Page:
Do it or else. Increasingly, that’s the approach taken by employers who are offering financial incentives for workers to take part in wellness programs that incorporate screenings that measure blood pressure, cholesterol and body mass index, among other things.
The controversial programs are under fire from the Equal Employment Opportunity Commission, which filed suit against Honeywell International in October charging, among other things, that the company’s wellness program isn’t voluntary. It’s the third lawsuit filed by the EEOC in 2014 that takes aim at wellness programs and it highlights a lack of clarity in the standards these programs must meet in order to comply with both the 2010 health law and the landmark Americans with Disabilities Act.
Honeywell, based in Morristown, N.J., recently got a reprieve when a federal district court judge declined to issue a temporary restraining order preventing the company from proceeding with its wellness program incentives next year. But the issue is far from resolved, and the EEOC is continuing its investigations. Meanwhile, business leaders are criticizing the EEOC action, including a recent letter from the Business Roundtable to administration officials expressing “strong disappointment” in the agency’s actions.
In the Honeywell wellness program, employees and their spouses are asked to get blood drawn to test their cholesterol, glucose and nicotine use, as well as have their body mass index and blood pressure measured. If an employee refuses, he’s subject to a $500 surcharge on health insurance and could lose up to $1,500 in Honeywell contributions to his health savings account. He and his spouse are also each subject to a $1,000 tobacco surcharge. That means the worker and his spouse could face a combined $4,000 in potential financial penalties.
“Under the [Americans with Disabilities Act], medical testing of this nature has to be voluntary,” the EEOC said in a press release announcing its request for an injunction. “The employer cannot require it or penalize employees who decide not to go through with it.”
Honeywell sees the situation differently. “Wellness is a win-win,” says Kevin Covert, vice president and deputy general counsel for human resources at Honeywell. In time, the company expects to see lower claims costs while workers avoid health problems. Sixty-one percent of employees who participated in the company’s screening last year reduced at least one health risk, he says.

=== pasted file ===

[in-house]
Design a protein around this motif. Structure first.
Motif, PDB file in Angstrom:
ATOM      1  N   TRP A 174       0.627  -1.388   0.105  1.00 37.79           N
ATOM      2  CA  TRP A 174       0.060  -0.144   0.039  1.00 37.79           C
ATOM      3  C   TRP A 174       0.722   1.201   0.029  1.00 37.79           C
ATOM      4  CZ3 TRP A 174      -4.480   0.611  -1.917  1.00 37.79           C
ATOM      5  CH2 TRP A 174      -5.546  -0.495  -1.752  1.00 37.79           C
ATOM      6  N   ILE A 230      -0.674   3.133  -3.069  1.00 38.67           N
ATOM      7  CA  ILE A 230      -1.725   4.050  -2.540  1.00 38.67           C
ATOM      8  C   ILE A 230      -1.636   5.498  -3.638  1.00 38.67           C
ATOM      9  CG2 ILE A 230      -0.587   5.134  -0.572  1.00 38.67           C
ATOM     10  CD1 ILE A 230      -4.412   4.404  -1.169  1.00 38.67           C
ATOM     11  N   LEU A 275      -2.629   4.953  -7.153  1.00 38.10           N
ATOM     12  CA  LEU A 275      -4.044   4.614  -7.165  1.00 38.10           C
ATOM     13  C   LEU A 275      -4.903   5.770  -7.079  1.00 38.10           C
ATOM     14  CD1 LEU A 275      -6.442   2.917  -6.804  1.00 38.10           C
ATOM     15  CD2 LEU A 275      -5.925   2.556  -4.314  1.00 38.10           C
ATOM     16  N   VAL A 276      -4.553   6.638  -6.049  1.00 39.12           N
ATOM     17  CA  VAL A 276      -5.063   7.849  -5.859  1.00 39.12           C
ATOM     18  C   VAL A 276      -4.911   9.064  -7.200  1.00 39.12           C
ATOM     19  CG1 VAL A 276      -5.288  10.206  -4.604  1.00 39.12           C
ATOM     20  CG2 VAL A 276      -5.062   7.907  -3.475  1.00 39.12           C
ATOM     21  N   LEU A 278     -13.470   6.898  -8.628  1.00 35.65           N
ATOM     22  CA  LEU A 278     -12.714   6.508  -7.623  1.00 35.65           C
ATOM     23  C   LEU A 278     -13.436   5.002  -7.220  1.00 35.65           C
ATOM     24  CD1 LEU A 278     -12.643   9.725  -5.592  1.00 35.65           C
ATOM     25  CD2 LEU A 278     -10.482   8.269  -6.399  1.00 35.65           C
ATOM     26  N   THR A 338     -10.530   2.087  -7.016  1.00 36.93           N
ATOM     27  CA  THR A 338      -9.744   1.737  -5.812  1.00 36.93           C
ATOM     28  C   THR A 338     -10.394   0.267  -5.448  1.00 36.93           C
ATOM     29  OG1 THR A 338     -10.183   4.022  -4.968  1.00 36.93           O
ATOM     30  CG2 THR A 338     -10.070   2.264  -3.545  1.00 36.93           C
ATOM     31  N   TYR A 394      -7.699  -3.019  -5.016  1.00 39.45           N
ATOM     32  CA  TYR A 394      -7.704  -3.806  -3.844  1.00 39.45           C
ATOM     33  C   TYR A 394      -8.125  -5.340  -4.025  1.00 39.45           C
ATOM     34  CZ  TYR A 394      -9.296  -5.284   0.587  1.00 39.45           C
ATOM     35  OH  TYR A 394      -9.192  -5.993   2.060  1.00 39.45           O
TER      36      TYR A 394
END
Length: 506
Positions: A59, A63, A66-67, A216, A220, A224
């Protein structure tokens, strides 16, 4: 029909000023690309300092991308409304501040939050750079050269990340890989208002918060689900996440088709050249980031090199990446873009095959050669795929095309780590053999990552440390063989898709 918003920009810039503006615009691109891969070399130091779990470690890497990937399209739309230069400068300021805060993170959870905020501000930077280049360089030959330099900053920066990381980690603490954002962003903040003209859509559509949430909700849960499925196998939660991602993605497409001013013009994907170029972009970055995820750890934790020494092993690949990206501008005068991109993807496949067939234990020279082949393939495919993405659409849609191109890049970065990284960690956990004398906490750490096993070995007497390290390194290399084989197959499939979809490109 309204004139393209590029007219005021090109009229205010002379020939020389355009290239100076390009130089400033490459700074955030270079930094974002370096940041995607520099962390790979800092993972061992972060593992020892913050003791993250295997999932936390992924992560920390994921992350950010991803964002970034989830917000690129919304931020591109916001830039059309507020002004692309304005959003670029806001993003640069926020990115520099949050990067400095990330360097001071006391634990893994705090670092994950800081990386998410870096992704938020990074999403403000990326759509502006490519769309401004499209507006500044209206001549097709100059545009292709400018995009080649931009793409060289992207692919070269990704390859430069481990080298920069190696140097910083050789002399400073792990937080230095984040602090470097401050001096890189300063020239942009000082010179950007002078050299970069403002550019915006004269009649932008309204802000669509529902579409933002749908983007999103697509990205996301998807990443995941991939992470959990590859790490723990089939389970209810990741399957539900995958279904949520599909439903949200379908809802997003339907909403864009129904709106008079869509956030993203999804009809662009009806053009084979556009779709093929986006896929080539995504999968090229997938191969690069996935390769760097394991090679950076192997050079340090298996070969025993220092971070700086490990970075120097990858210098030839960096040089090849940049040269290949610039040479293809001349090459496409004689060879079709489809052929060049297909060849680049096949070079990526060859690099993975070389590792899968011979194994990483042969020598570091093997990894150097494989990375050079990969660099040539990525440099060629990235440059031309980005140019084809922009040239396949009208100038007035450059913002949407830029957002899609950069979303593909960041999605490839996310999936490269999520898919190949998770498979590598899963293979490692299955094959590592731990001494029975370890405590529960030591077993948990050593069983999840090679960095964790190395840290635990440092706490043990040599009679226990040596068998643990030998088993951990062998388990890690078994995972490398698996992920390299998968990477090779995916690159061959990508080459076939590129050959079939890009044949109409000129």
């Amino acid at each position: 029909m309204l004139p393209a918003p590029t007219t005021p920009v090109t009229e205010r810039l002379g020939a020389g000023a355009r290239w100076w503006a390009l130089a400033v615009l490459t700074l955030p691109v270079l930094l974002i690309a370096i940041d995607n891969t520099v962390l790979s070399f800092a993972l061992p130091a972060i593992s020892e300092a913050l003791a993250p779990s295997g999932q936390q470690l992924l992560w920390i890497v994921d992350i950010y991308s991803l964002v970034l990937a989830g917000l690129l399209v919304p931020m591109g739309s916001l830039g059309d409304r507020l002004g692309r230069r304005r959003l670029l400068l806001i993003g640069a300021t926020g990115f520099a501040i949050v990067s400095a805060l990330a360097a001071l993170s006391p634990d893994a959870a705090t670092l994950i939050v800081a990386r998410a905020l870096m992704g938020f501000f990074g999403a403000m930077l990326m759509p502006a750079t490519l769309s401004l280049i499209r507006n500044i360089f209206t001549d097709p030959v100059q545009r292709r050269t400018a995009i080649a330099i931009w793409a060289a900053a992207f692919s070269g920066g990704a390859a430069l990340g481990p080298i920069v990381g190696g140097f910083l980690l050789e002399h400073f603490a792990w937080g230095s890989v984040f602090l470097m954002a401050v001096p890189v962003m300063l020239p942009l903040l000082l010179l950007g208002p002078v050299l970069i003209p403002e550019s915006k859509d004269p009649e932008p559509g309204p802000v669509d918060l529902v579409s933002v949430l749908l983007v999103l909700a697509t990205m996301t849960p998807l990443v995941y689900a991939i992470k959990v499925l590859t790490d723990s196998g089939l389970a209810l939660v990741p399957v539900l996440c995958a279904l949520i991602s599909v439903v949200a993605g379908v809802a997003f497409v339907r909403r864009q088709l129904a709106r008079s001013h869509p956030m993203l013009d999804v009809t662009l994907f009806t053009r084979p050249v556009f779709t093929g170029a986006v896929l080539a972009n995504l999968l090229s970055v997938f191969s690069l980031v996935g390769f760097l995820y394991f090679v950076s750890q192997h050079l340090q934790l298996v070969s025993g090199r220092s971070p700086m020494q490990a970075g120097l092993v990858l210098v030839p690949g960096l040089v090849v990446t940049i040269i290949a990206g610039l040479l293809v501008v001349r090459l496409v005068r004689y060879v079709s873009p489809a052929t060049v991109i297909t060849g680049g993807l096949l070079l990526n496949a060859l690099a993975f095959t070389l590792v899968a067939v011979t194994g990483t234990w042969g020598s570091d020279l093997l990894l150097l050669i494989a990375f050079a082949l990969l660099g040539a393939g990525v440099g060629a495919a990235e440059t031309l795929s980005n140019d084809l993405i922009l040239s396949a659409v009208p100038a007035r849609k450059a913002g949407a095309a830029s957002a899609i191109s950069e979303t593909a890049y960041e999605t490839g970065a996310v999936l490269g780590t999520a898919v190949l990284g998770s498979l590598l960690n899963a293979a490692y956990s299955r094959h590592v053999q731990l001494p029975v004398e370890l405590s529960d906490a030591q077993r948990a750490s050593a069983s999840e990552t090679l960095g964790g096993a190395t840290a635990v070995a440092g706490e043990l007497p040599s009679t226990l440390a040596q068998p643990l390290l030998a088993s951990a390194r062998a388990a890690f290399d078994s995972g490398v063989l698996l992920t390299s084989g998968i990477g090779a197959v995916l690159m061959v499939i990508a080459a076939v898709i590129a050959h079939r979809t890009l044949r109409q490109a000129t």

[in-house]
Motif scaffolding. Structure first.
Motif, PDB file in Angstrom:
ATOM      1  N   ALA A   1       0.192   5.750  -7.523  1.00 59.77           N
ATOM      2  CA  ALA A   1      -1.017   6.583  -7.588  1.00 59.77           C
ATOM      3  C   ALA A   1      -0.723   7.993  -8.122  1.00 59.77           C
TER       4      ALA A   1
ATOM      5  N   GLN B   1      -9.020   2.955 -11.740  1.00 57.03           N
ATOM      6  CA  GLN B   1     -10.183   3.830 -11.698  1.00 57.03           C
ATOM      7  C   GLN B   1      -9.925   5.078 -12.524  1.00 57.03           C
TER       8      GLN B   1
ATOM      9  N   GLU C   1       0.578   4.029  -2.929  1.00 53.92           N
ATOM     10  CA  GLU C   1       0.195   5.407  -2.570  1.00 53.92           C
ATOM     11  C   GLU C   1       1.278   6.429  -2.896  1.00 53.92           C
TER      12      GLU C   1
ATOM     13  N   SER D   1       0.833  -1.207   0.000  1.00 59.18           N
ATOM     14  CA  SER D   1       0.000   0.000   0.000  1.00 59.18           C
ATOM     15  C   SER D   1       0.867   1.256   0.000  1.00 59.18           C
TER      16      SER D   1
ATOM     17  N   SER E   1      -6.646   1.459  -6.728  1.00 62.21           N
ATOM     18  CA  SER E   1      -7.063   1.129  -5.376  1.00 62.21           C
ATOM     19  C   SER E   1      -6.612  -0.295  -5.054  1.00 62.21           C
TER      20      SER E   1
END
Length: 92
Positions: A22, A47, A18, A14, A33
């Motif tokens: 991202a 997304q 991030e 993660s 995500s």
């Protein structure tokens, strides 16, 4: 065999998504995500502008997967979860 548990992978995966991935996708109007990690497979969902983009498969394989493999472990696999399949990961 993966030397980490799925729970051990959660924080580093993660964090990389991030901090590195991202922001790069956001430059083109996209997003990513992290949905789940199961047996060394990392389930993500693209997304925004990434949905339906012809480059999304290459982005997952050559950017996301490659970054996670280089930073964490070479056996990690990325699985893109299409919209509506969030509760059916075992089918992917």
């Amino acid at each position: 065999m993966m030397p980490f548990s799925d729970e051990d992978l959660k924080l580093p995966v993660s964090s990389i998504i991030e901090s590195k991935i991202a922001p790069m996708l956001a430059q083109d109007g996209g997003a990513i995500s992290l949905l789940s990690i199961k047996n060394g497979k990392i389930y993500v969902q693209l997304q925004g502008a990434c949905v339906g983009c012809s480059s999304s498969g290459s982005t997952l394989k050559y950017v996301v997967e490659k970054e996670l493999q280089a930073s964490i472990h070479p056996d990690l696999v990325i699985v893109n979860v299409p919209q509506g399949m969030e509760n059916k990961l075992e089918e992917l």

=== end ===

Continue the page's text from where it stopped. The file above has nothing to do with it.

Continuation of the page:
Further, Covert says, it’s easy for employees and their spouses to avoid the tobacco surcharge. Smokers can take a 15-minute online tobacco cessation course, while non-smokers can simply call up the health plan and certify that they don’t smoke.
“The way they described the program was quite hyperbolic,” Covert says.
Employers are watching the Honeywell case closely because many have similar incentive-based wellness plans, says Seth Perretta, a partner at Groom Law Group, a Washington, D.C., firm specializing in employee benefits.
Eighty-eight percent of employers with 500 workers or more offer some sort of wellness program, according to a 2014 national survey of employer-sponsored health plans by the benefits consultant Mercer. Of those, 42 percent offer employee incentives to undergo biometric screening, and 23 percent tie incentives to actual results, such as reaching or making progress toward blood pressure or BMI targets.
Despite employers’ enthusiasm for wellness programs, “there’s no good research that shows these programs actually improve health outcomes or lower employer costs,” says JoAnn Volk, a senior research fellow at Georgetown University’s Center on Health Insurance Reforms.
The health law encourages employers to offer workers financial incentives to participate in wellness programs. It allows plans to incorporate wellness incentives — both penalties and rewards — that can total up to 30 percent of the cost of employee-only coverage, an increase over the previous limit of 20 percent. If the wellness activity aims to help someone reduce or quit smoking, the incentive can be even higher, up to 50 percent of the plan’s cost.
Under the ADA, employers aren’t allowed to discriminate against workers based on health status. They can, however, ask workers for details about their health and conduct medical exams as part of a voluntary wellness program. What constitutes a voluntary wellness program under the law? Employers, patient advocates and policy experts want the EEOC to spell out what “voluntary” means under the ADA and clarify the relationship between the health law and the ADA with respect to wellness program financial incentives.
“The EEOC has chosen litigation over regulation,” says J.D. Piro, a senior vice president at Aon Hewitt, who leads the benefits consultant’s health law group.
The EEOC is always reviewing its guidance, but there’s no timeframe for issuing further guidance, says spokesperson Kimberly Smith-Brown.
Consumer advocates say it’s critical not to confuse incentive programs with comprehensive workplace wellness.
“The incentives are meant to engage employees,” says Laurie Whitsel, director of policy research at the American Heart Association, “but they’re not the comprehensive programming we’d like to see employers offer.” It’s really important to have a culture of health, Whitsel says, including an environment that supports a healthy workplace, from a smoke-free work environment to healthy food in the cafeteria.
Patient advocates voice another concern: That wellness program financial penalties may be so onerous they actually limit people’s access to the medications and primary and preventive care they need to get and stay healthy.
“When penalties become that high, it really is a deterrent to affordable, quality health care,” says Whitsel.
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